15. Hansen, E. B., and Yarmolinsky, M. B., 1986, Host participation in plasmid maintenance: dependence upon dnaA of replicons derived from P1 and F, Proc. Natl. Acad. Sci. USA 83: 4423.PubMedCrossRefGoogle Scholar
  16. Hershey, A. D., 1971, Comparative molecular structure among related phage DNA’s, Carnegie Inst. Washington Yearb. 1970: 3.Google Scholar
  17. Highton, P. J., Chang, Y., Macotte, W. R. Jr., and Schnaitman, C. A., 1985, Evidence that the outer membrane protein nmpC of Escherichia coli K-12 lies within the defective qsr prophage, J. Bacteriol. 162: 256.PubMedGoogle Scholar
  18. Hooper, I., and Egan, J. B., 1981, Coliphage 186 infection requires host initiation functions dnaA and dnaC, J. Virol. 40: 599.PubMedGoogle Scholar
  19. Hunkapiller, T. H., Huang, H., Hood, L., and Campbell, J. H., 1982, The impact of modern genetics on evolutionary theory, in: Perspectives on Evolution ( R. Milkman, ed.), pp. 164–189, Sinauer, Sunderland, MA.Google Scholar
  20. Kaiser, K., and Murray, N. E., 1979, Physical characterisation of the Rac prophage in E. coli K-12, Mol. Gen. Genet. 175: 159.PubMedCrossRefGoogle Scholar
  21. Kaiser, K., and Murray, N. E., 1980, On the nature of sbcA mutations in E. coli K-12. Mol. Gen. Genet. 179: 555.PubMedCrossRefGoogle Scholar
  22. Matthews, R. E. F., 1985, Viral taxonomy for the nonvirologist, Annu. Rev. Microbiol. 39: 451.PubMedCrossRefGoogle Scholar
  23. Mayr, E., 1969, Principles of Systematic Zoology, McGraw-Hill, New York.Google Scholar
  24. Morse, M. L., Lederberg, E., and Lederberg, J., 1956, Transduction in Escherichia coli K-12, Genetics 41: 121.Google Scholar
  25. Morse, M. L., Lederberg, E., and Lederberg, J., 1956, Transduction in Escherichia coli K-12, Genetics 41: 121.Google Scholar
  26. Redfield, R., 1986, Structure of cryptic prophages. Thesis, Stanford University.Google Scholar
  27. Riley, M., 1984, Arrangement and rearrangement of bacterial genomes, in: Microorganisms as Model Systems for Studying Evolution ( R. P. Mortlock, ed.), pp. 285–316, Plenum, New York.Google Scholar
  28. Riley, M., and Anilionis, A., 1980, Conservation and variation of nucleotide sequences within related bacterial genomes: Enterobacteriaceae, J. Bacterial. 143: 366.Google Scholar
  29. Sauer, R. T., Yocum, R., Doolittle, R., Lewis, M., and Pabo, C., 1982, Homology among DNA binding proteins suggests use of a conserved super-secondary structure, Nature 298: 447.PubMedCrossRefGoogle Scholar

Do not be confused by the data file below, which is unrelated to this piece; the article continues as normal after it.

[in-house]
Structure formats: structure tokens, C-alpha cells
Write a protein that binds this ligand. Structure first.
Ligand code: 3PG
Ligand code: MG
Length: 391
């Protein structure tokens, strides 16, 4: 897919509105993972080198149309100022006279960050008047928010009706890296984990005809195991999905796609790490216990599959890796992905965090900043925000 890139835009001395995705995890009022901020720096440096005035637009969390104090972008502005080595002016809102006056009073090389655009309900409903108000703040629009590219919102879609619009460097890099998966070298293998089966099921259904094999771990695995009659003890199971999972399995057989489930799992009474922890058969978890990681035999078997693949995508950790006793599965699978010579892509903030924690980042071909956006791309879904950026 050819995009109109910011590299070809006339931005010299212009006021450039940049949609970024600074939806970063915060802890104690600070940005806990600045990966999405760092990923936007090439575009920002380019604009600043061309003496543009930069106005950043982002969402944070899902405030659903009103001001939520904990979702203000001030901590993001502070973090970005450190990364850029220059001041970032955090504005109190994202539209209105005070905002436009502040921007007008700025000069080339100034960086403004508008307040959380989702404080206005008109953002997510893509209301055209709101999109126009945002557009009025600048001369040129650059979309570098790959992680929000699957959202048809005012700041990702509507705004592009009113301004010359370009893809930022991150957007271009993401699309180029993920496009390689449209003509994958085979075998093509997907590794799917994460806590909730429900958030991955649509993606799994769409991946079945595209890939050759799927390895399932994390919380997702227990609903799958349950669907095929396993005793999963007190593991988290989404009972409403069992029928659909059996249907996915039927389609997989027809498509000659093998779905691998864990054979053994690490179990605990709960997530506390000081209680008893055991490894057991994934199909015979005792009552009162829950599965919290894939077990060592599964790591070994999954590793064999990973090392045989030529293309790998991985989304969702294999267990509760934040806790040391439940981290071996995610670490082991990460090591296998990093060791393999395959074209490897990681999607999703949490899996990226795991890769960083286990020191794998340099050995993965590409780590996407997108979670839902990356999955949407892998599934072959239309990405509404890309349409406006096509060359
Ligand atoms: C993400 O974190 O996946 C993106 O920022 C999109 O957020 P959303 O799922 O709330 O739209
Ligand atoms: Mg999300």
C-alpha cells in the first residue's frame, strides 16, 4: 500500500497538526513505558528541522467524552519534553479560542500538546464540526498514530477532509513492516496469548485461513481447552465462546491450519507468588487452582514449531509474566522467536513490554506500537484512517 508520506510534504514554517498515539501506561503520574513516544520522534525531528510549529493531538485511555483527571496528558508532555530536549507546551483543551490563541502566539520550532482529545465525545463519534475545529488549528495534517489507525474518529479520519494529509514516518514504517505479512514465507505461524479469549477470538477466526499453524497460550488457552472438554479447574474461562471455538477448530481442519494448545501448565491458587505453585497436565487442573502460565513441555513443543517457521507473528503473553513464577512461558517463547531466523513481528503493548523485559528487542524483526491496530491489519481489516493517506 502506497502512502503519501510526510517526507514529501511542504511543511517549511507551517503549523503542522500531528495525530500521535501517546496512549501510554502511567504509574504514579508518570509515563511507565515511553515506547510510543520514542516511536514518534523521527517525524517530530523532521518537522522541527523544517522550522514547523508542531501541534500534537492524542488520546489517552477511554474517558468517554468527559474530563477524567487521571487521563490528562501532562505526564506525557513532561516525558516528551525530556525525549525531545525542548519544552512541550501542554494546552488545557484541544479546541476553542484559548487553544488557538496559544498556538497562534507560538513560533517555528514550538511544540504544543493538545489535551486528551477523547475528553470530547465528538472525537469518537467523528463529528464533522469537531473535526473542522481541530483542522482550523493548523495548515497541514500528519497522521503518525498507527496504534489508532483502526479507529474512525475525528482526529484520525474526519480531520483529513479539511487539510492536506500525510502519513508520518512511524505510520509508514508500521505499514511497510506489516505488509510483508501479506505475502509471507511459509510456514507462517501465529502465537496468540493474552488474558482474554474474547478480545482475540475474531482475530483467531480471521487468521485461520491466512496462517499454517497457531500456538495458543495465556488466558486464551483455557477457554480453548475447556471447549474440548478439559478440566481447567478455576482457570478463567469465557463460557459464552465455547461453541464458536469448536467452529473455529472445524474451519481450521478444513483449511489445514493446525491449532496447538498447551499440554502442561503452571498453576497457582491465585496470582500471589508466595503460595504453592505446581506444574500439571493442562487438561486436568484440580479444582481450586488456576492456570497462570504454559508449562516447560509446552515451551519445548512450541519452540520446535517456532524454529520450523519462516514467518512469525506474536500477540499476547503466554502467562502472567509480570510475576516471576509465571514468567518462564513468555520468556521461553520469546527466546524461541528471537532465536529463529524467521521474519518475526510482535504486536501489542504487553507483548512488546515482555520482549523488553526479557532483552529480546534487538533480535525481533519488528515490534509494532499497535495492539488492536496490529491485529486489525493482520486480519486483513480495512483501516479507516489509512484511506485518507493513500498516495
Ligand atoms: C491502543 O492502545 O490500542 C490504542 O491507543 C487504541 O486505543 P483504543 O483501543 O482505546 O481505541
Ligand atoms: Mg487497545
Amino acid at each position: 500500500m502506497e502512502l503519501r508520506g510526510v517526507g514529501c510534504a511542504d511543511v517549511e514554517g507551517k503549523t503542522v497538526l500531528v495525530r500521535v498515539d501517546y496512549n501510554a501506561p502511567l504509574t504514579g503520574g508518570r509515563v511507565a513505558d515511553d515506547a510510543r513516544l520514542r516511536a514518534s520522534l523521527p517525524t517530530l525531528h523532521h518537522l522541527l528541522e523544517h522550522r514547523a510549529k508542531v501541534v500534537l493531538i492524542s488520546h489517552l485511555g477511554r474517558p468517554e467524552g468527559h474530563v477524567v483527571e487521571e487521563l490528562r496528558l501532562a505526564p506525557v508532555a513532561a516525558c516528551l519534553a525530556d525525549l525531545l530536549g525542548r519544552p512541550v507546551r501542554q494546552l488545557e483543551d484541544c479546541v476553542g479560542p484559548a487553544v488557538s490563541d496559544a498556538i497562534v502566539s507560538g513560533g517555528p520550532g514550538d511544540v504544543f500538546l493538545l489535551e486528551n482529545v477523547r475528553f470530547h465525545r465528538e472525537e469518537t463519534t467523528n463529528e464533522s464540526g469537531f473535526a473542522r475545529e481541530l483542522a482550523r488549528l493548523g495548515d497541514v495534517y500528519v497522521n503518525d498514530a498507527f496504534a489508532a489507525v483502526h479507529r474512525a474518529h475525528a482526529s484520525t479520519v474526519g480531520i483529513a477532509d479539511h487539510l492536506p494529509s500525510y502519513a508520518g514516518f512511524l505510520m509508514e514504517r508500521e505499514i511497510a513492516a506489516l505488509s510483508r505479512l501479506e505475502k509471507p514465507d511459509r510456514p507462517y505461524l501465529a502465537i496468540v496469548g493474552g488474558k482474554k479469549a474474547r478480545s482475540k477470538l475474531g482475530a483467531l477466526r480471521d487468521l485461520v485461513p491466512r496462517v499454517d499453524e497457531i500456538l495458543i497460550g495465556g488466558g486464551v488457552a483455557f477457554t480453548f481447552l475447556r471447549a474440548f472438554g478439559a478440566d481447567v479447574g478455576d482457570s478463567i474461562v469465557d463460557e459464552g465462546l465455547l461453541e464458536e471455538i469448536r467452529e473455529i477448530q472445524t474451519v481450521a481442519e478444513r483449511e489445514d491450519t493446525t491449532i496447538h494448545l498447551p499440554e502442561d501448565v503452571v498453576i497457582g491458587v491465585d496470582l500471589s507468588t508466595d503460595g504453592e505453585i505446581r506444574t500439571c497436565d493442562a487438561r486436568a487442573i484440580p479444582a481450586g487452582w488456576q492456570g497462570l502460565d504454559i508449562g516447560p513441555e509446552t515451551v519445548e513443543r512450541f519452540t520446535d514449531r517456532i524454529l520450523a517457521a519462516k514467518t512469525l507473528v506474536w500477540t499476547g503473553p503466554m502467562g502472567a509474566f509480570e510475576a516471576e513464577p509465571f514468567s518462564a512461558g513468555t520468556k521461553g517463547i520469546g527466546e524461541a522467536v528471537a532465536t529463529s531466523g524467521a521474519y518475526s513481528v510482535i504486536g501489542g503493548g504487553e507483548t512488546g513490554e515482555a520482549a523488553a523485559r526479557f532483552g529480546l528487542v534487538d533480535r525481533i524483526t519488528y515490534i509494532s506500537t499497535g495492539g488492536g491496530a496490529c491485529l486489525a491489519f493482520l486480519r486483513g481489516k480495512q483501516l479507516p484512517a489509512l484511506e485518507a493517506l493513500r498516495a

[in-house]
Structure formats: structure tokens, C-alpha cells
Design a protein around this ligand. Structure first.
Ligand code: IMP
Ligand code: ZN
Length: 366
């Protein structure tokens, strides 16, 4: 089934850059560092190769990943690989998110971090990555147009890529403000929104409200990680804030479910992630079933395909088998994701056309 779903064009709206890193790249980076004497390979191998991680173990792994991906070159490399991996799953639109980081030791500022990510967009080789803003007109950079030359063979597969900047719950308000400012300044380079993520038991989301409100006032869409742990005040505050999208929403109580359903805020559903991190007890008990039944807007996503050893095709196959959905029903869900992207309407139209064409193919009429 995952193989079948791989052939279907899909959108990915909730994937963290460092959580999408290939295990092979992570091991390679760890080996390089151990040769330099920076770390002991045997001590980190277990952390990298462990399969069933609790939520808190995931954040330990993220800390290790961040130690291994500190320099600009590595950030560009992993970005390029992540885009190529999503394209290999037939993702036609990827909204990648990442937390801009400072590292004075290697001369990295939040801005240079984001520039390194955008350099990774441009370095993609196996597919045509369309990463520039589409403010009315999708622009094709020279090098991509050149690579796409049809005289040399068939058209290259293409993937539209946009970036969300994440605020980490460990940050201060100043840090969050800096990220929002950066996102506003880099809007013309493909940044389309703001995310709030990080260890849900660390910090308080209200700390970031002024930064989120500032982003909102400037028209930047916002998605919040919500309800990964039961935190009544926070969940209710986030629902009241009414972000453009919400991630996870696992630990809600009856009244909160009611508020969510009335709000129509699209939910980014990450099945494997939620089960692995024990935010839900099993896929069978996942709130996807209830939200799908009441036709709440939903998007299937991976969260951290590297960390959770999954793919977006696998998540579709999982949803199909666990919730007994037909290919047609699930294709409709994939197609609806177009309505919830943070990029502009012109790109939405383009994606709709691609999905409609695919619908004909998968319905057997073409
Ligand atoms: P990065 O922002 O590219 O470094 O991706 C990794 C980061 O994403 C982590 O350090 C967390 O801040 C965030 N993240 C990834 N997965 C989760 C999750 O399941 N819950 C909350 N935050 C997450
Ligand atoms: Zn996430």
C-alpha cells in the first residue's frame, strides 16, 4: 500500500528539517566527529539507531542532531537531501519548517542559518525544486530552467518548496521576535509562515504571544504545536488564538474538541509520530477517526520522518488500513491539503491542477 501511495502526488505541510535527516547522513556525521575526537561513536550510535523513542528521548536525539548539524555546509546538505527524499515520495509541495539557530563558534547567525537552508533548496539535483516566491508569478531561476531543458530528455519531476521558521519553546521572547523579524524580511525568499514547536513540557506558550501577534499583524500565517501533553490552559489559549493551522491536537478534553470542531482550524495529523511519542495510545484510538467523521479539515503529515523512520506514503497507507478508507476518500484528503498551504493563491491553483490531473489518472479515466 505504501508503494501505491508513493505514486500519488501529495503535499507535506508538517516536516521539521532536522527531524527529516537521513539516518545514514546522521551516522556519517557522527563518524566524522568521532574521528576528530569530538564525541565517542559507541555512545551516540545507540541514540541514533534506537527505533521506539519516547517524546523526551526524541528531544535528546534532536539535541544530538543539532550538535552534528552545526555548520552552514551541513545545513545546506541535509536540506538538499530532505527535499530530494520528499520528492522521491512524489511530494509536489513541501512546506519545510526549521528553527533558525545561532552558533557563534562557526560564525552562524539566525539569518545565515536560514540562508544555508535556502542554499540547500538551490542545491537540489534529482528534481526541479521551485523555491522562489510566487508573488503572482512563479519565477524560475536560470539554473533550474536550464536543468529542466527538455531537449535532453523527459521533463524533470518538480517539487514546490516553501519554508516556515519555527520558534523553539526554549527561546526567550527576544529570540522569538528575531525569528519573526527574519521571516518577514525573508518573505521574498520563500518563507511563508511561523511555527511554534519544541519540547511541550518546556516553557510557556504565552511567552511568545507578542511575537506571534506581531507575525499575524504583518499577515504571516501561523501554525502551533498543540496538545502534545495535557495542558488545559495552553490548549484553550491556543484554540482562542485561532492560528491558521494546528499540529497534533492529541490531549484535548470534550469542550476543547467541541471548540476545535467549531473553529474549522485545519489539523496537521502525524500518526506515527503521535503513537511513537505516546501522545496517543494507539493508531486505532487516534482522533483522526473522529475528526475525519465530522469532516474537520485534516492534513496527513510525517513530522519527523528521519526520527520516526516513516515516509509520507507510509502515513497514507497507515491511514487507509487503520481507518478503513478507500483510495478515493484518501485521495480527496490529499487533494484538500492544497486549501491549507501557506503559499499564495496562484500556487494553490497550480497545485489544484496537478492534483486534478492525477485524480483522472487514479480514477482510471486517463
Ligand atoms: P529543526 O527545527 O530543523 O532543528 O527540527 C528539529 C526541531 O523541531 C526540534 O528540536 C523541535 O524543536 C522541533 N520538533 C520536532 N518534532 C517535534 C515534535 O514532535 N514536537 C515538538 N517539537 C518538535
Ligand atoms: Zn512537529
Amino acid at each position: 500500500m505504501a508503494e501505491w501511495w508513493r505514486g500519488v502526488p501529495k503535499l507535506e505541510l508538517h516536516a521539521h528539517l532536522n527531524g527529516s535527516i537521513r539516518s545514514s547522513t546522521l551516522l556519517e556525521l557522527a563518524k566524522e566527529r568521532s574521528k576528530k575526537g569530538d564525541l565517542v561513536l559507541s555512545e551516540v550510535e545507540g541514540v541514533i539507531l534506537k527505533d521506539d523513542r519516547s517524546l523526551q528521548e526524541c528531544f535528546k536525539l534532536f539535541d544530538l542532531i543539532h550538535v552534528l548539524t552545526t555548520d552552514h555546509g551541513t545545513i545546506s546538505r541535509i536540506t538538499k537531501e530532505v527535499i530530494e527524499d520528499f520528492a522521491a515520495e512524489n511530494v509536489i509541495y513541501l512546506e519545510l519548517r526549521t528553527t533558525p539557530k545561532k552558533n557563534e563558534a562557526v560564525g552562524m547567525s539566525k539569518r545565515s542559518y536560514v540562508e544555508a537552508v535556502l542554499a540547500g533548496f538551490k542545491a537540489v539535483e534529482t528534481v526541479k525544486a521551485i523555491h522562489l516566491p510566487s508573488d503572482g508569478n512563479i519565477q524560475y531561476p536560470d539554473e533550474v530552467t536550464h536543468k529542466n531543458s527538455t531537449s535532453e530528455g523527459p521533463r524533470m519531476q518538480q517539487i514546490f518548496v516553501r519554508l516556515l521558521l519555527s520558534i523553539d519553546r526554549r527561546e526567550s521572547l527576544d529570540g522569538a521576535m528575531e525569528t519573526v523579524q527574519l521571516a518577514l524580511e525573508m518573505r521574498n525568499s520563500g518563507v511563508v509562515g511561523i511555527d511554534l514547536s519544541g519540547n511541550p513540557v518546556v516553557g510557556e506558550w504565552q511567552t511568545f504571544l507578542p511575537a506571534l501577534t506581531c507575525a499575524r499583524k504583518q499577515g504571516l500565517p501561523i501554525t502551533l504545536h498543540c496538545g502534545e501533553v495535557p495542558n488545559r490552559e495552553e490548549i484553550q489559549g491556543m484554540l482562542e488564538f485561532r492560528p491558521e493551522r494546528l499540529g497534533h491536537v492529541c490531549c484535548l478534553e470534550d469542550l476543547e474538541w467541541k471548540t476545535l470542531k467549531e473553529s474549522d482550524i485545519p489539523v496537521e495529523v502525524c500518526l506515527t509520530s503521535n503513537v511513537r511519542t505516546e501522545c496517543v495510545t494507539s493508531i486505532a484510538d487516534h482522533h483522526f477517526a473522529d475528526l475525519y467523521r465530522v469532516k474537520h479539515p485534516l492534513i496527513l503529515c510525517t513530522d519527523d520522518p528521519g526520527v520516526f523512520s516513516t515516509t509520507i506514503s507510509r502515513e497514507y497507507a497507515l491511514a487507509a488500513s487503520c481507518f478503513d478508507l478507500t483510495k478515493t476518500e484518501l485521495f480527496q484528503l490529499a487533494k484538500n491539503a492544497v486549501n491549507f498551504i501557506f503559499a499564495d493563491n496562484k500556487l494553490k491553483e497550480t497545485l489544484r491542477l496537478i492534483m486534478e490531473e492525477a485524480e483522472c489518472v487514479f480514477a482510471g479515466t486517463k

30. Selander, R. K., and Levin, B. R., 1980, Genetic diversity and structure in Escherichia coli populations, Science 210: 545.PubMedCrossRefGoogle Scholar
  31. Shen, P., and Huang, H. V., 1986, Homologous recombination in Escherichia coli: Dependence on substrate length and homology, Genetics 112:441.Google Scholar
  32. Simon, M. N., Davis, R. W., and Davidson, N., 1971, Heteroduplexes of DNA molecules of lambdoid phages: Physical mapping of their base sequence relationships by electron microscopy, in: The Bacteriophage Lambda ( A. D. Hershey, ed.), pp. 313–328, Cold Spring Harbor Laboratory, Cold Spring Harbor, NY.Google Scholar
  33. Sonea, S., and Panisset, M., 1983, A New Bacteriology, Jones and Bartlett, Boston. Strathem, A., and Herskowitz, I., 1975, Defective prophage in Escherichia coli K-12 strains, Virology 67:136.Google Scholar
  34. Susskind, M., and Botstein, D., 1978, Molecular genetics of bacteriophage P22, Microbiol. Rev. 42:385.Google Scholar
  35. Walker, G. C., 1984, Mutagenesis and inducible responses to deoxyribonucleic acid damage in Escherichia coli, Microbiol. Rev. 48: 60.PubMedGoogle Scholar
  36. Wharton, R. P., and Ptashne, M., 1985, Changing the binding specificity of a repressor by redesigning an a-helix. Nature 316: 601.PubMedCrossRefGoogle Scholar

Copyright information

© Plenum Press, New York 1988

Authors and Affiliations

  • Allan Campbell
    • 1
  1. 1.Department of Biological SciencesStanford UniversityStanfordUSA

Personalised recommendations